What are we missing? Is there a key link we skipped, or a part of the story we got wrong?
Let us know — we’re counting on you to help Encyclo get better.
Voice of San Diego is a nonprofit online news organization that focuses on in-depth and investigative reporting on civic issues.
The site was founded in 2005 by venture capitalist Buzz Woolley and veteran San Diego journalist Neil Morgan, funded by $355,000 of Woolley’s own money as a way to fill what they saw a gap in local government reporting.
Its annual budget is about $1 million, and it has about 10 newsroom employees, though it laid off four employees in December 2011. About 10 percent of the site’s revenues come from advertising, with the majority coming from individual donations, foundations (including the Knight Foundation) and Woolley’s funding. As of September 2009, Woolley had provided the site with $1.3 million of the total $3.5 million in donations over five years. Voice of San Diego also makes some money from syndicating its content.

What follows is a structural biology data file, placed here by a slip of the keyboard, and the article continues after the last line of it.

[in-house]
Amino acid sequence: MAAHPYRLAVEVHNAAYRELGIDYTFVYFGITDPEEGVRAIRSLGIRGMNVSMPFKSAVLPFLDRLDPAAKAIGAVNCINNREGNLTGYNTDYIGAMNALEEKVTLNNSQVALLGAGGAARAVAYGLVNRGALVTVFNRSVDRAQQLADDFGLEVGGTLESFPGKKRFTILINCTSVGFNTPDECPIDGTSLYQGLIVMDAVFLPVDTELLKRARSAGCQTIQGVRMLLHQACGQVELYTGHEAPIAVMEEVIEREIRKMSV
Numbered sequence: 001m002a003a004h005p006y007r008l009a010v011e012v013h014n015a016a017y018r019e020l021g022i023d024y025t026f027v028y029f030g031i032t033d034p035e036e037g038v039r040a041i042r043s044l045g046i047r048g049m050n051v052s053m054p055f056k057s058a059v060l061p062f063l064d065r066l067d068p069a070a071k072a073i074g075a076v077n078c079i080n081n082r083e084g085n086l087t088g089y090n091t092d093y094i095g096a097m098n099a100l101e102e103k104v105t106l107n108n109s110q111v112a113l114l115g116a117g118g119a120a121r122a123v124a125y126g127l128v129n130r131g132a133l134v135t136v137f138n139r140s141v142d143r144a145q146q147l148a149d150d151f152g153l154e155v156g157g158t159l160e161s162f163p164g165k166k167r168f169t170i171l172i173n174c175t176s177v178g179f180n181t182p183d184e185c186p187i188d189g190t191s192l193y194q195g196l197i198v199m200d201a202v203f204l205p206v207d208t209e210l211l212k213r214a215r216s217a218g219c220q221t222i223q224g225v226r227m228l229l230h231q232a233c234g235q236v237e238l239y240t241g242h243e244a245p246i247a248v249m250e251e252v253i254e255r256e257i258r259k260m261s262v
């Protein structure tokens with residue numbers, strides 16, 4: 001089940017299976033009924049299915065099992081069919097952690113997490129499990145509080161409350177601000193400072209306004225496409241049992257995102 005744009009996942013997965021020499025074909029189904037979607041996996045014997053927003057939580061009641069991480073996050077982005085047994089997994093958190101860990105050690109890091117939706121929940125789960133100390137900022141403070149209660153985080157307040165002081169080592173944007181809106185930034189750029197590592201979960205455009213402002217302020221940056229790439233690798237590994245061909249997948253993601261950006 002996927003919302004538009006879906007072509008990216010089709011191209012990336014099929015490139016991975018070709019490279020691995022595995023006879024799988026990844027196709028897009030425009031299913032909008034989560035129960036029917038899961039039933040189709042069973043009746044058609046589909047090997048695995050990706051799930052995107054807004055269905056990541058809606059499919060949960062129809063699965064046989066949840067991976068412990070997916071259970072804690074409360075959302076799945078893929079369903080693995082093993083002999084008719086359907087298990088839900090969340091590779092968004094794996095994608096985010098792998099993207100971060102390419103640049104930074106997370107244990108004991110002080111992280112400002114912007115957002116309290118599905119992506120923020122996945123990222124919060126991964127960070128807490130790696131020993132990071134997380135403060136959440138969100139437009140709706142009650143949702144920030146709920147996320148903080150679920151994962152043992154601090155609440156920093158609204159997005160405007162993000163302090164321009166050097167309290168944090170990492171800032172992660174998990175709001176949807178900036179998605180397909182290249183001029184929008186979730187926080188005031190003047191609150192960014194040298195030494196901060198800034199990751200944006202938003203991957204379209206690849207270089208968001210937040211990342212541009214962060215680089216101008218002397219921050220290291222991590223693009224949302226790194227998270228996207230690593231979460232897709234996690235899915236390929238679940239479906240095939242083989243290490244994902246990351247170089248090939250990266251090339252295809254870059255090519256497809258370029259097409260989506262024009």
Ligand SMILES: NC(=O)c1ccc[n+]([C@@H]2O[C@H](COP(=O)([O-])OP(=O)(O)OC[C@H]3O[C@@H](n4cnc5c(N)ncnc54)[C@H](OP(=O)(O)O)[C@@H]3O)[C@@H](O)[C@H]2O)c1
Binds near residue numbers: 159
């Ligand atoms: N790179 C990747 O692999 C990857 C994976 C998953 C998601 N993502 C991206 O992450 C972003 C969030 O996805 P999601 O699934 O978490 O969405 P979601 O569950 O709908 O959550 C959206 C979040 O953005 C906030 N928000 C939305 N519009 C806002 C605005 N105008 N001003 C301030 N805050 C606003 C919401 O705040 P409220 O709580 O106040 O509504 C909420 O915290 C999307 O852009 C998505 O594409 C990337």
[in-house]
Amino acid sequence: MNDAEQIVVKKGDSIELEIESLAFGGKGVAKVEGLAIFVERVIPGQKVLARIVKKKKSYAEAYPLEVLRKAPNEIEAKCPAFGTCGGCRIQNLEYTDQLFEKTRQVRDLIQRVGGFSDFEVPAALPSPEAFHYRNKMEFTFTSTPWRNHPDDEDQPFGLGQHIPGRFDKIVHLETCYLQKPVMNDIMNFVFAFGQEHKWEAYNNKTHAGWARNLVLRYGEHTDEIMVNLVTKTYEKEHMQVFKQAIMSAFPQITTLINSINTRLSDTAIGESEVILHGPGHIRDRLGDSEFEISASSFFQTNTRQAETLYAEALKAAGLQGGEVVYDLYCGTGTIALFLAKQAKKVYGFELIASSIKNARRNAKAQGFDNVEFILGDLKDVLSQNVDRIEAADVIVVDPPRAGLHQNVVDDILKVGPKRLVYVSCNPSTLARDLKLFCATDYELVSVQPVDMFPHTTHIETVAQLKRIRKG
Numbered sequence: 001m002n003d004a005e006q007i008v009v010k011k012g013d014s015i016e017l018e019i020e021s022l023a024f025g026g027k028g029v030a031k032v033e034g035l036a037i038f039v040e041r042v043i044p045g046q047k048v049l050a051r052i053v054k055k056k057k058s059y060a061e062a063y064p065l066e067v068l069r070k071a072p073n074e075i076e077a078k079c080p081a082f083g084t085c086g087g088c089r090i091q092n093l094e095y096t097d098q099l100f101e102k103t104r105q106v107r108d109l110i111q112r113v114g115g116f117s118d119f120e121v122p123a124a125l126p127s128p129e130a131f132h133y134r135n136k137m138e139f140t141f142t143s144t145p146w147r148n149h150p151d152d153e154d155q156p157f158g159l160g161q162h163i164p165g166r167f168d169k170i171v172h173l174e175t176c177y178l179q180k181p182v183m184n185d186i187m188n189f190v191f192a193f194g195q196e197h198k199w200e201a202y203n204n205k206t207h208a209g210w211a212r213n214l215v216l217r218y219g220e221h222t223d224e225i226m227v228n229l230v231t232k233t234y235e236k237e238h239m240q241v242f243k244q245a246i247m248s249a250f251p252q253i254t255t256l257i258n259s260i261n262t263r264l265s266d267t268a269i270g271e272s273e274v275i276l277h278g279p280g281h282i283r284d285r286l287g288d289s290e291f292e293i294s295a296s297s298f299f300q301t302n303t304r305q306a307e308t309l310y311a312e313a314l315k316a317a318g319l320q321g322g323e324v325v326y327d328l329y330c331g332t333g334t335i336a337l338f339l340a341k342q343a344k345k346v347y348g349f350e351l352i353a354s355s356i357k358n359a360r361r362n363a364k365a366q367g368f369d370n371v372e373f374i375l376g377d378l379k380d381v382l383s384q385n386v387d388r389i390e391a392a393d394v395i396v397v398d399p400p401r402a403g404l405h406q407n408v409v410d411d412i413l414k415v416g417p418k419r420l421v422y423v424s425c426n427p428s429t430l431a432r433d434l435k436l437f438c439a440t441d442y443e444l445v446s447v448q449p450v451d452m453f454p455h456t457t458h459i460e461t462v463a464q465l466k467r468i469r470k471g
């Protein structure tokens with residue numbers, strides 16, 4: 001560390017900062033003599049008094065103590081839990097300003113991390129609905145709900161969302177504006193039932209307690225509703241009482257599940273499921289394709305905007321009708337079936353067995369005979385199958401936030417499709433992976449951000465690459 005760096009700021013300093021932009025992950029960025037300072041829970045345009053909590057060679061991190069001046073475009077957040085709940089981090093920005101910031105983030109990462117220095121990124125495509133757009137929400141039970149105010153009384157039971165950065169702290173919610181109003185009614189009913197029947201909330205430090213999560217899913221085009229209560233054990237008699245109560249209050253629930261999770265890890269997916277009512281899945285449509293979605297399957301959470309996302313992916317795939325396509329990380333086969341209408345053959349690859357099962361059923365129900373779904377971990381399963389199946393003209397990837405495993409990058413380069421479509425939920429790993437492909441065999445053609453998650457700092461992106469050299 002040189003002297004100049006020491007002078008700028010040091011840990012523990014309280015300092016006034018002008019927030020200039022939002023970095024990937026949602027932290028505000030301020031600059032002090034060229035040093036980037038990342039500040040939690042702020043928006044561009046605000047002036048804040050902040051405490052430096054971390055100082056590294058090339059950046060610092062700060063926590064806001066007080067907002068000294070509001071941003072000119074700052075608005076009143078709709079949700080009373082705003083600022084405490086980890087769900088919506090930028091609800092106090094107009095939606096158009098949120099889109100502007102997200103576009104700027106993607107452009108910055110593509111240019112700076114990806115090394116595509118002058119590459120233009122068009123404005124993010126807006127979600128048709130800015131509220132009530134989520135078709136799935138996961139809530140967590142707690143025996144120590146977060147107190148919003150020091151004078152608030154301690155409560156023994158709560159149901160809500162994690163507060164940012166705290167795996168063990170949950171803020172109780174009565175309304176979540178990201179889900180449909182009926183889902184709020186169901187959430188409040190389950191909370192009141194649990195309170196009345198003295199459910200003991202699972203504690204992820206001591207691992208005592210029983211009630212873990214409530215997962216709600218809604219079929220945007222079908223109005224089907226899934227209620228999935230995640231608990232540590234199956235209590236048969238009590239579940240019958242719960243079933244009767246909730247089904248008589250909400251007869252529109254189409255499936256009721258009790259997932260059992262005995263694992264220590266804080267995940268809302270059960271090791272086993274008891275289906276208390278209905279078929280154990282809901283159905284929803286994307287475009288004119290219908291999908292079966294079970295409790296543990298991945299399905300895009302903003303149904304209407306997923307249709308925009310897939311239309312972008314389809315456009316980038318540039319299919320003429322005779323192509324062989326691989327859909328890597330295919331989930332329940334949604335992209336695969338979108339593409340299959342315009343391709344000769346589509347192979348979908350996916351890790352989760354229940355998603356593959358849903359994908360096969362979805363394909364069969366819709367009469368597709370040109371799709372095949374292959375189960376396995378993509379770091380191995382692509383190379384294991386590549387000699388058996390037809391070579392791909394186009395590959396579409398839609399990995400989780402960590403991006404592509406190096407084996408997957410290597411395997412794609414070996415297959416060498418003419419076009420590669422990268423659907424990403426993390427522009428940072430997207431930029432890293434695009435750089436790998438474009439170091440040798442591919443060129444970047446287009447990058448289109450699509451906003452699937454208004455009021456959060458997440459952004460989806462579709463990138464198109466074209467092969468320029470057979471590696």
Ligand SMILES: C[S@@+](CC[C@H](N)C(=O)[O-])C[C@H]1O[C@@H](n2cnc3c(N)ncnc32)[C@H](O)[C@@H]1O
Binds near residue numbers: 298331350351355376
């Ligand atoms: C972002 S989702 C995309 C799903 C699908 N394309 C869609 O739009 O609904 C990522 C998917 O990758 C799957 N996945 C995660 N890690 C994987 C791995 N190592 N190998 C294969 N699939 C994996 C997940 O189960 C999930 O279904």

Voice of San Diego has a relatively modest but steadily growing web audience, with just fewer than 100,000 unique visitors per month as of late 2009. The organization has won numerous journalism awards, and its investigations have forced several city leaders to step down.
The site was founded on the principle of civic engagement, and it has worked to encourage online discussion, making civic participation half of its two-part mission and hiring its first engagement editor in 2010.
Voice of San Diego’s Scott Lewis talks about the value of explainers:
The Economist is a weekly publication based in London that covers global news and issues. The Economist refers to itself as a newspaper, but it holds more in common stylistically with magazines, particularly newsweeklies like Time and Newsweek. The magazine was founded in 1843 and is the flagship publication of the Economist Group, which also…